Offshore renewable energy is poised to play a huge role in meeting worldwide demand for sustainable power sources. As explained by the Society for Underwater Technology, wave- and tide-based technologies are in development. So far, however, offshore wind farms have been the most prominent source of such energy.

The Power of Wind

Wind farms—whether located on land or sea—make use of a relatively simple principle, according to the Office of Energy Efficiency & Renewable Energy. When winds hit the blades of a turbine, the blades turn “around a rotor, which spins a generator.” That, in turn, generates electricity. In the case of offshore wind facilities, undersea cables carry the resulting energy to land-based electricity grids.

Offshore wind has been described by the Bureau of Ocean Energy Management as “an abundant, domestic energy resource.” Because offshore wind facilities can be located near major coastal centers that have high energy needs, wind energy “provides an efficient alternative” to developing new power-generation facilities in areas where land is scarce. It also is often more desirable than transmitting power over long distances.

Additionally, offshore facilities can make use of wind speeds that tend to be higher than those on land. Faster wind generates more power. Wind also blows more consistently offshore than on land. 

The Department of Energy (DOE) points out that it is possible to make offshore wind turbines that are absolutely enormous, boasting blades as long as a football field. Despite the enormous size of certain turbines, installing them tends to bring fewer logistical challenges than do land-based systems. For example, a ship can carry a huge turbine that a truck may struggle to transport overland.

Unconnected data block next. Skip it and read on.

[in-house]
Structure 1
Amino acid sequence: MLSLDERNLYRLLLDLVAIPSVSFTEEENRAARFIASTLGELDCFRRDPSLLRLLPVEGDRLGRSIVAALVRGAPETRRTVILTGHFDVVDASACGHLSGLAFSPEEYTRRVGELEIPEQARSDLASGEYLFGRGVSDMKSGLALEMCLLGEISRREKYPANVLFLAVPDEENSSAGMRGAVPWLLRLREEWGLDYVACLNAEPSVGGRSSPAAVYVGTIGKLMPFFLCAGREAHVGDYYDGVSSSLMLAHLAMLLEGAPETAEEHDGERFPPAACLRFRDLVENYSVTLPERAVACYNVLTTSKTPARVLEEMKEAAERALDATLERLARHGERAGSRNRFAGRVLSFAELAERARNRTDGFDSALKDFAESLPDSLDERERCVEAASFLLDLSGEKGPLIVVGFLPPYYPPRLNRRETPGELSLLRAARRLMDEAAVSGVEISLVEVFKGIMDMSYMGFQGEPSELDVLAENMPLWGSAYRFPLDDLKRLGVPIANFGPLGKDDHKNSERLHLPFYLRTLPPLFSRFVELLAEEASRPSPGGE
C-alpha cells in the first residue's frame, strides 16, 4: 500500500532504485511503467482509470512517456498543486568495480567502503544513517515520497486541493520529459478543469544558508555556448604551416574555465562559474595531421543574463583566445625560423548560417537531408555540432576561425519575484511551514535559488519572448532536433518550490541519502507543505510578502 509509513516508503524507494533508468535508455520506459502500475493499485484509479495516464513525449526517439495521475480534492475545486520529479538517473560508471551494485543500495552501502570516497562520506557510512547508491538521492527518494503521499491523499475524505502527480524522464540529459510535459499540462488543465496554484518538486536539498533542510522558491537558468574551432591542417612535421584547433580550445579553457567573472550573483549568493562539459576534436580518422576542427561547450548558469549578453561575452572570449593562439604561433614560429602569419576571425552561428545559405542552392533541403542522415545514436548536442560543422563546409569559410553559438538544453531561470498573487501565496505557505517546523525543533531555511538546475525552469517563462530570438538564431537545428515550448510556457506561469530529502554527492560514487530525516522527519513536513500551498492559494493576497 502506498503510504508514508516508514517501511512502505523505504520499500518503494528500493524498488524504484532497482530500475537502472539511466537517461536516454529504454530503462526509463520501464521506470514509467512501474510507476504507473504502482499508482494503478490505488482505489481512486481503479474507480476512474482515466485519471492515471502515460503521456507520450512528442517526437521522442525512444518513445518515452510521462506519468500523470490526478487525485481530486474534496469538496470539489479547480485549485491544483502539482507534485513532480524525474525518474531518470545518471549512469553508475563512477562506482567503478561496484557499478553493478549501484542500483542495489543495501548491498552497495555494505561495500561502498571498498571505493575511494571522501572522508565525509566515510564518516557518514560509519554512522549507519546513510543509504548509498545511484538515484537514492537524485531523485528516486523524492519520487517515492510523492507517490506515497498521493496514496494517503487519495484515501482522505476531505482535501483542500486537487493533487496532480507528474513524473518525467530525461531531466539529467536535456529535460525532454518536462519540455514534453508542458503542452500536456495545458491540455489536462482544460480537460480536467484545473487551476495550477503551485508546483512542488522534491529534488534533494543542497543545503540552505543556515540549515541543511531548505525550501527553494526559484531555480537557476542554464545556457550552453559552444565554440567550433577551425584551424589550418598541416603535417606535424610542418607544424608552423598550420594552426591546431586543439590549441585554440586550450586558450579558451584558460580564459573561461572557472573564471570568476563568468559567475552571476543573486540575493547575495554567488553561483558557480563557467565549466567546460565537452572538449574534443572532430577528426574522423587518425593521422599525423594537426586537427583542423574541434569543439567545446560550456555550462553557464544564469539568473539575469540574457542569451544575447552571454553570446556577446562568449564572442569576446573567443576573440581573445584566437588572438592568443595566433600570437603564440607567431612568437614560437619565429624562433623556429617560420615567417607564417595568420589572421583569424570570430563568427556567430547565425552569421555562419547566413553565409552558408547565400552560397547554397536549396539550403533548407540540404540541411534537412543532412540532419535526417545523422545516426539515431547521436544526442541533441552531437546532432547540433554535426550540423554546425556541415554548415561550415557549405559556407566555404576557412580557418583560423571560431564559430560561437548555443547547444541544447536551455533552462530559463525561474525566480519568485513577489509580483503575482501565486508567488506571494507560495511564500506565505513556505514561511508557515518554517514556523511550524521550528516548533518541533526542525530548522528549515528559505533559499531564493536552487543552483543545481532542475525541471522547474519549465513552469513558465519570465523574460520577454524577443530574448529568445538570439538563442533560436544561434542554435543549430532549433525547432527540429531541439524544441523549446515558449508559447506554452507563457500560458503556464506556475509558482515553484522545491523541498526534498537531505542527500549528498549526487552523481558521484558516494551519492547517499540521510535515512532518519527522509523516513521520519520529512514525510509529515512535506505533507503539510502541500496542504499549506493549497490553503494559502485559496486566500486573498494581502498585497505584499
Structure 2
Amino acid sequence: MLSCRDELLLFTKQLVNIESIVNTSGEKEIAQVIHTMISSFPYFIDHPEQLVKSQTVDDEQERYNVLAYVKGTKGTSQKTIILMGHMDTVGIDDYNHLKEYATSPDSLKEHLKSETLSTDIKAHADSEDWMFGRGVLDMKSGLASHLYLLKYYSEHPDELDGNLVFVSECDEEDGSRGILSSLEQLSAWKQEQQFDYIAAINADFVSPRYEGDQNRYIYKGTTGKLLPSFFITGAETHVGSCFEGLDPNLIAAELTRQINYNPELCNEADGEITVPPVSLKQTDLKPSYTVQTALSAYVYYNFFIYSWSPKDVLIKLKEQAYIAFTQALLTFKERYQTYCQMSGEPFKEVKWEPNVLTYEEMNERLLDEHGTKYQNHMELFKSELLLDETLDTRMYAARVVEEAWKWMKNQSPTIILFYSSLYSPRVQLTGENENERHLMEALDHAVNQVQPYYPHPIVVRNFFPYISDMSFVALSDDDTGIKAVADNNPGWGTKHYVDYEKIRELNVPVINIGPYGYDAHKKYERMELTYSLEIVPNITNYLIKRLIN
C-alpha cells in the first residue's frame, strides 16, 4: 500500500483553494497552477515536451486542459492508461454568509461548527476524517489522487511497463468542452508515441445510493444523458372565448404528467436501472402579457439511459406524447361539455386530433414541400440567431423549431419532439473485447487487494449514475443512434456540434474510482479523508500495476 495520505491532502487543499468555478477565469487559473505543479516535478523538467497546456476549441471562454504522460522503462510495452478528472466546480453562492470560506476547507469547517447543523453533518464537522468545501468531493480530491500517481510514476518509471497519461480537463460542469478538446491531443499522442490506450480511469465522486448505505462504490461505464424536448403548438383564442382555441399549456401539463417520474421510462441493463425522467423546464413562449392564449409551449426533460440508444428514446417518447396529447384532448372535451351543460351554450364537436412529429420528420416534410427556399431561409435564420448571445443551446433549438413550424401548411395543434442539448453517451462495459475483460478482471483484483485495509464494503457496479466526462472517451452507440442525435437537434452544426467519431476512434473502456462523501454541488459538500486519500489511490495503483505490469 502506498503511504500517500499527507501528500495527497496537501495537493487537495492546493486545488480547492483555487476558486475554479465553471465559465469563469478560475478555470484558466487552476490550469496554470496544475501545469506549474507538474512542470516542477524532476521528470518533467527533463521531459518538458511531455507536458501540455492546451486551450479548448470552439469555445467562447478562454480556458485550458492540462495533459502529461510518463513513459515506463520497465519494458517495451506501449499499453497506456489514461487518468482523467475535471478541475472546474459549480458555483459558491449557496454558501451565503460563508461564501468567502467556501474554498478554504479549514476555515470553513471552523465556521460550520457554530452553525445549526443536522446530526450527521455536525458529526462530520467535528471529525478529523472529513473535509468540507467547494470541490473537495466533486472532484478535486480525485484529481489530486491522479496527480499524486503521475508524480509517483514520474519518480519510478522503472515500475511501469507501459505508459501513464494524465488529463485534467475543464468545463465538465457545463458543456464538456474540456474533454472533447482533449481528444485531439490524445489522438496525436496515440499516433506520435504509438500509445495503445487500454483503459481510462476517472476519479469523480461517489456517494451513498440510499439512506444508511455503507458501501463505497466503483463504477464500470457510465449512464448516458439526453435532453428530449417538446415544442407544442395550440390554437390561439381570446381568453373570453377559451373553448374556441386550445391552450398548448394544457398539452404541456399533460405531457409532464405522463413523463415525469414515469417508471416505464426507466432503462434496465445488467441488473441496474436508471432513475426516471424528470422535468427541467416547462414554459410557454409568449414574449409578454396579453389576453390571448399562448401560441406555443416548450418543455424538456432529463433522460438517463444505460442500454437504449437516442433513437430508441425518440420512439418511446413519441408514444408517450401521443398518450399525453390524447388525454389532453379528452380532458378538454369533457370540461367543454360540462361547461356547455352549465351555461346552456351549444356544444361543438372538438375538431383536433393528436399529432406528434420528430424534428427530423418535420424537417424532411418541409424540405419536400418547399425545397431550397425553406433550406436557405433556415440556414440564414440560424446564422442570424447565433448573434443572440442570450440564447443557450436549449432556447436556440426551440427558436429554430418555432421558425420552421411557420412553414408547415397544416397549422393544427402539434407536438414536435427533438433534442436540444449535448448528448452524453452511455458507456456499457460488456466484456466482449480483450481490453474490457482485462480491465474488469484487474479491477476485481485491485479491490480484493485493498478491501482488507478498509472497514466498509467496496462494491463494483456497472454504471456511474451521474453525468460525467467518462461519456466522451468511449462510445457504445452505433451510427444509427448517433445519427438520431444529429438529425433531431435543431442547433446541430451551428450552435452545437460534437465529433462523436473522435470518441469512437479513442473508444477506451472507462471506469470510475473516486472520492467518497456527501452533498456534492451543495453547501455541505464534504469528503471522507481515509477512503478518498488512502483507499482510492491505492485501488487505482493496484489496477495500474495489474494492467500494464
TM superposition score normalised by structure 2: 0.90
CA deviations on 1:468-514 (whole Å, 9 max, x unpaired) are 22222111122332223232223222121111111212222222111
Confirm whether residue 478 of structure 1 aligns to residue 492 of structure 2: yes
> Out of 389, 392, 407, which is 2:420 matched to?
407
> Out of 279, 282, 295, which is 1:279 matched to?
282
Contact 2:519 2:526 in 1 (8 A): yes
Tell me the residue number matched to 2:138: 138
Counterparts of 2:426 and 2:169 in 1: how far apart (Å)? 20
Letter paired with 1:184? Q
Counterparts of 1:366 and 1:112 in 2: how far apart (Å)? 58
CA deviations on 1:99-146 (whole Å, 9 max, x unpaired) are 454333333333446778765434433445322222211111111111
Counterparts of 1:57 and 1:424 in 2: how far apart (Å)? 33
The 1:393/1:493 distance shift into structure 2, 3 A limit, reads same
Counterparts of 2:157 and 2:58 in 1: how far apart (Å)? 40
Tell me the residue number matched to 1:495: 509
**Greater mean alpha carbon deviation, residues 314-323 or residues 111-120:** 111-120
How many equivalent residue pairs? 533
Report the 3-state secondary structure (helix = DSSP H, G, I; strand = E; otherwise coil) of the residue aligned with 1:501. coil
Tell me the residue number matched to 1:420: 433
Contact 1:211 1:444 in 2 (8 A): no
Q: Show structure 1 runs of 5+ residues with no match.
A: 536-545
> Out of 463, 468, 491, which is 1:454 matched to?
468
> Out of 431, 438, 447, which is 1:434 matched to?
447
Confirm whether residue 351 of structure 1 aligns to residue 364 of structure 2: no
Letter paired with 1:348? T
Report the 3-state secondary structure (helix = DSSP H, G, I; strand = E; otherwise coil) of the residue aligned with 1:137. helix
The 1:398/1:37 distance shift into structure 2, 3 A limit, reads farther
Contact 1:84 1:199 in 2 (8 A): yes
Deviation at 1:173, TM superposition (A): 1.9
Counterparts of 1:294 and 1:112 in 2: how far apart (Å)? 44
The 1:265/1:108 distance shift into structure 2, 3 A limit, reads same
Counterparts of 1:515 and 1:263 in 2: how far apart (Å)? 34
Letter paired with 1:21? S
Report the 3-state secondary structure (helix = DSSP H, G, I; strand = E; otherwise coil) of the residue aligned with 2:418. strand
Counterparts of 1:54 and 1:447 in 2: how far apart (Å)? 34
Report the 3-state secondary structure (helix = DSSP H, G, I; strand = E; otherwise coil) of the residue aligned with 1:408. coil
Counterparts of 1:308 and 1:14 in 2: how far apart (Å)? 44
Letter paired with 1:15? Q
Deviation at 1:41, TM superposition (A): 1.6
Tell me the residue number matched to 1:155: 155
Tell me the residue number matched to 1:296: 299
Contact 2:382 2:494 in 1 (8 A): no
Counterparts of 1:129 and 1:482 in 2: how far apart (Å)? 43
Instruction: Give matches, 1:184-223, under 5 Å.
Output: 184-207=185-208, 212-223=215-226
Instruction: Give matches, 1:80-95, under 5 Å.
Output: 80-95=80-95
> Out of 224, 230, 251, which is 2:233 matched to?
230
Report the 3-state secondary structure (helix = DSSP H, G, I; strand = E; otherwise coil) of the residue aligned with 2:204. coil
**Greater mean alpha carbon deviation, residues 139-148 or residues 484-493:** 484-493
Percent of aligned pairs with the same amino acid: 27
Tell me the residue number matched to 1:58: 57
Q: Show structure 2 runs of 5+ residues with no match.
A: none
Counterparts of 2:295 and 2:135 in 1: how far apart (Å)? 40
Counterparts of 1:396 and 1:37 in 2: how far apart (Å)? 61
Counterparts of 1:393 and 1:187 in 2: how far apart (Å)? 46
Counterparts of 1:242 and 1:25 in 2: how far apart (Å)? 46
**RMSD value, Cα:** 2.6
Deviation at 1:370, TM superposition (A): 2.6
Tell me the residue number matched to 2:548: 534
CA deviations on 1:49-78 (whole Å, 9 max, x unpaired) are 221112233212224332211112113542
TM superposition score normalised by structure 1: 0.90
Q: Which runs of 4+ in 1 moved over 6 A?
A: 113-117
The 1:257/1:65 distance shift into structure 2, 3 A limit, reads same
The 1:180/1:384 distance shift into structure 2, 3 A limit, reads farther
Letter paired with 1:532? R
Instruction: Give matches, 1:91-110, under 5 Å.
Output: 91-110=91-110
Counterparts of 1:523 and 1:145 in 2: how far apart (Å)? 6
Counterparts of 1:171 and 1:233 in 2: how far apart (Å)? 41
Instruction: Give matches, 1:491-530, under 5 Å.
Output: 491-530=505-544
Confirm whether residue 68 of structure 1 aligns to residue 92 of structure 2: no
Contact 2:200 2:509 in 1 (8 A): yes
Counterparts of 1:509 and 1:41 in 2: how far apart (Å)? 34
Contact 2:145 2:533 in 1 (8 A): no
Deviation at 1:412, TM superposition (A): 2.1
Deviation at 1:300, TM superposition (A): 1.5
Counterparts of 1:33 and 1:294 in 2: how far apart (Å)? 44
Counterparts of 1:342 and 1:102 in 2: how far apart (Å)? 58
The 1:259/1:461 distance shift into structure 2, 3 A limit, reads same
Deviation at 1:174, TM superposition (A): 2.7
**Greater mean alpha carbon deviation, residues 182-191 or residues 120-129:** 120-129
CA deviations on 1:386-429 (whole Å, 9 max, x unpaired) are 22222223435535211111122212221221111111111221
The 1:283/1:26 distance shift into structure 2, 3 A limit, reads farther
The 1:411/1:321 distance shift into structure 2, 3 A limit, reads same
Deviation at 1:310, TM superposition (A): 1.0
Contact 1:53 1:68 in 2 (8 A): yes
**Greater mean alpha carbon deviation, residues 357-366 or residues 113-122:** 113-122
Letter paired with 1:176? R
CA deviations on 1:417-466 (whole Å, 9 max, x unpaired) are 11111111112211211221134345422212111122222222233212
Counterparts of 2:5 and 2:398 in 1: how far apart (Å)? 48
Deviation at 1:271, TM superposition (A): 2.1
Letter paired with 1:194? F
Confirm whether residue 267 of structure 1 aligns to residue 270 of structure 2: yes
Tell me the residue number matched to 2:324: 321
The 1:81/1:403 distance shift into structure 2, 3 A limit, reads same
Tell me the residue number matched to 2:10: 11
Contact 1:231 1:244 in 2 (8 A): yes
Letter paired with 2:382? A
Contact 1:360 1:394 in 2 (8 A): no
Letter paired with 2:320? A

All in all, the energy potential of offshore wind facilities is gigantic. The DOE estimates that if developed to their absolute limit, waters under federal and state jurisdiction could provide roughly twice the energy created by all of America’s electric power plants. While that extreme level of development likely won’t happen, it goes to show just how much offshore wind facilities can potentially provide. Perhaps even more impressive, one report covered by CNN posited that “offshore wind turbines” could potentially be capable of powering “every home and business on Earth.” 

Harnessing the Potential

Continued investment is underway, and that investment is necessary to realize increased benefits from offshore renewable energy. For instance, the DOE deployed buoys off the coasts of Virginia and New jersey that collect data on wind speed and atmospheric conditions. The data from those buoys, the DOE hopes, will assist with research that will speed up the expansion of offshore wind energy operations. Additionally, the DOE has allocated hundreds of millions of dollars to projects related to offshore renewable energy research and development.

Private companies are playing a role as well. For example, because many of the best sites for harvesting wind power are in areas with very deep water, innovative approaches are necessary. (Conventional foundations, the DOE points out, are not practical in such areas.) To solve this problem, US companies are devoting resources to developing floating platform solutions.

As of late in 2019, the US only enjoyed the use of a single offshore wind farm, according to CNBC. That wind farm is located off the coast of Rhode Island. However, many states are preparing to deploy wind farms of their own. Falling costs and advancing technology have helped make more wind farm investment possible and lucrative. For example, Maine is overseeing a demonstration project involving a floating wind farm that will power roughly 9,000 homes by the year 2022. New York, likewise, has passed a law mandating offshore wind farm development. Projects like these will help the country move forward and better harness the near-unlimited potential of offshore wind energy.

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